14th October 2023

Bill and I live on the north-west edge of London so we have London clay under our house and in the garden which, as its name suggests, is a clay that fills the London basin.  Underneath it, and outcropping further north-west in the Chiltern hills, is chalk.  Between the two are sandy gravelly beds called the Lambeth Group.  There are other gravels nearby that the River Thames and its tributaries deposited before, during and after the last ice age when its course and the volume of water it carried were different from today.  Our ancestors, the people who lived here in Mesolithic and Neolithic times, apparently didn’t favour the clay and you find their stone tools in the sand and gravel beds, some locally where we walk our dogs.

They would have been much more aware of the different elements that made up their landscape than we are today.  The Icknield Way is a route that was old before the Romans came.  It follows the line of the chalk hills near here and extends from Dorset to Norfolk.  It gave those who travelled for trade or hunting or social/religious gatherings a route that would have been dryer than the clay and elevated with better views of the surrounding countryside.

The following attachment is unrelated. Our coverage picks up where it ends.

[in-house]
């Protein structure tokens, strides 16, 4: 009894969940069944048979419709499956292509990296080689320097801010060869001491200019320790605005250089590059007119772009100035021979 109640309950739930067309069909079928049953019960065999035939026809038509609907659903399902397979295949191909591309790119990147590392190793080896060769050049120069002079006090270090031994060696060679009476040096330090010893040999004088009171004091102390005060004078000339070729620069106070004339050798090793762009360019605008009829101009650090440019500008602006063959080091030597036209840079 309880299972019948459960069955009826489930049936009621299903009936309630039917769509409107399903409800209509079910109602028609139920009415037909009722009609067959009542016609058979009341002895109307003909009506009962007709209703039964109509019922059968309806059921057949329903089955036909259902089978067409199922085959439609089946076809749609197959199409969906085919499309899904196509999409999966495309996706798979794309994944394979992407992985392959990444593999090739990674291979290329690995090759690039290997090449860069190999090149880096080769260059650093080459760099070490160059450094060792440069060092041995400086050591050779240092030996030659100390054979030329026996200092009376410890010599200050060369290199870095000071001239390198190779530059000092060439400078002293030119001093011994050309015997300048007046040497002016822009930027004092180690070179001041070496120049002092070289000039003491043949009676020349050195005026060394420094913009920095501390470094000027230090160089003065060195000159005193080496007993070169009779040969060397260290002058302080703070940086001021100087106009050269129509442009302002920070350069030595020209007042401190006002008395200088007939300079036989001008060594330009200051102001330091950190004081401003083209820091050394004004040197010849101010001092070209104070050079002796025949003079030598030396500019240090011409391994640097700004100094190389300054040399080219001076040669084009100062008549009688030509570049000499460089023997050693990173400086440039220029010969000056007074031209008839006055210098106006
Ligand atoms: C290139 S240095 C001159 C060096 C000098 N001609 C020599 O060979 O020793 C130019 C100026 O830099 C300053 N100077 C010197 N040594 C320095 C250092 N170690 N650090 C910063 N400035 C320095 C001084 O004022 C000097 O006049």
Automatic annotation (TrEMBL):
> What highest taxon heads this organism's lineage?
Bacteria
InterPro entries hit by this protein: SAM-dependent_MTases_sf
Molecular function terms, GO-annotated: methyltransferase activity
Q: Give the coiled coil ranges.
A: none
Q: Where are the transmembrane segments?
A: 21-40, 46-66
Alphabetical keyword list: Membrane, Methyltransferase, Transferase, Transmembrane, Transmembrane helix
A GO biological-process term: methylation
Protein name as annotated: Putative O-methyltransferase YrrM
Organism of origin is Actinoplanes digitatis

Wherever we live, and whatever buildings or plants are covering it, under our feet are the rocks that contain the history of our planet and the history of our people.

Durlston, Dorset

Rock, solid fortress
against the sea,
jagged grey islands splitting
the covering carpet of green,
tripping the stumbling walker,
resisting the burrowing seeds,
reminding the visiting seers
that underneath the growing, greening,
trembling harvest
is the dense, unchanging face
of earth, foundation rock,
heavy and hard to shoulder
the buffeting weather,
carrying the load of life
that grows on its slopes.

Without its strength
there would be no waving grasses,
no wind-trimmed bushes,
no home for beetle and rabbit.
Because it is still, we can move,
carelessly following
the contours of its face.
If we look skin-deep at the land
we won’t discern the heart of it,
the weight of it,
that anchors us all.